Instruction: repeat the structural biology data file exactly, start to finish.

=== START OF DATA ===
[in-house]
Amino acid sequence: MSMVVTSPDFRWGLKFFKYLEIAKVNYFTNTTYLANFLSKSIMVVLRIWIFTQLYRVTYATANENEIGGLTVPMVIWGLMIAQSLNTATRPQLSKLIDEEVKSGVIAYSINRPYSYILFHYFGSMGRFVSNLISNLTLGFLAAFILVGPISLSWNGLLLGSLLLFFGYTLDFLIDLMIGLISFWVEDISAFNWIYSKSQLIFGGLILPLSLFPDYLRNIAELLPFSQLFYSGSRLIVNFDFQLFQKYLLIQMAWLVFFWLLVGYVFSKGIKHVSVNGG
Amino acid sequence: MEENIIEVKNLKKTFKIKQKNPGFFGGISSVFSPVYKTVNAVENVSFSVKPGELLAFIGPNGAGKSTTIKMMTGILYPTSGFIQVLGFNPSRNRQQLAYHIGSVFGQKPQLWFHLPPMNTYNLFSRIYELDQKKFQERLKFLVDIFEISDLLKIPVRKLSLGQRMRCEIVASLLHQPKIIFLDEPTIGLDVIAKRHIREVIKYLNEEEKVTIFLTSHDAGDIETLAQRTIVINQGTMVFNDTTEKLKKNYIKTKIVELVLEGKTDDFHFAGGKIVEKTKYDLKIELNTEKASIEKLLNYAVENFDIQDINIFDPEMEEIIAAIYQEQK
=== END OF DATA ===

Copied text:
[in-house]
Amino acid sequence: MSMVVTSPDFRWGLKFFKYLEIAKVNYFTNTTYLANFLSKSIMVVLRIWIFTQLYRVTYATANENEIGGLTVPMVIWGLMIAQSLNTATRPQLSKLIDEEVKSGVIAYSINRPYSYILFHYFGSMGRFVSNLISNLTLGFLAAFILVGPISLSWNGLLLGSLLLFFGYTLDFLIDLMIGLISFWVEDISAFNWIYSKSQLIFGGLILPLSLFPDYLRNIAELLPFSQLFYSGSRLIVNFDFQLFQKYLLIQMAWLVFFWLLVGYVFSKGIKHVSVNGG
Amino acid sequence: MEENIIEVKNLKKTFKIKQKNPGFFGGISSVFSPVYKTVNAVENVSFSVKPGELLAFIGPNGAGKSTTIKMMTGILYPTSGFIQVLGFNPSRNRQQLAYHIGSVFGQKPQLWFHLPPMNTYNLFSRIYELDQKKFQERLKFLVDIFEISDLLKIPVRKLSLGQRMRCEIVASLLHQPKIIFLDEPTIGLDVIAKRHIREVIKYLNEEEKVTIFLTSHDAGDIETLAQRTIVINQGTMVFNDTTEKLKKNYIKTKIVELVLEGKTDDFHFAGGKIVEKTKYDLKIELNTEKASIEKLLNYAVENFDIQDINIFDPEMEEIIAAIYQEQK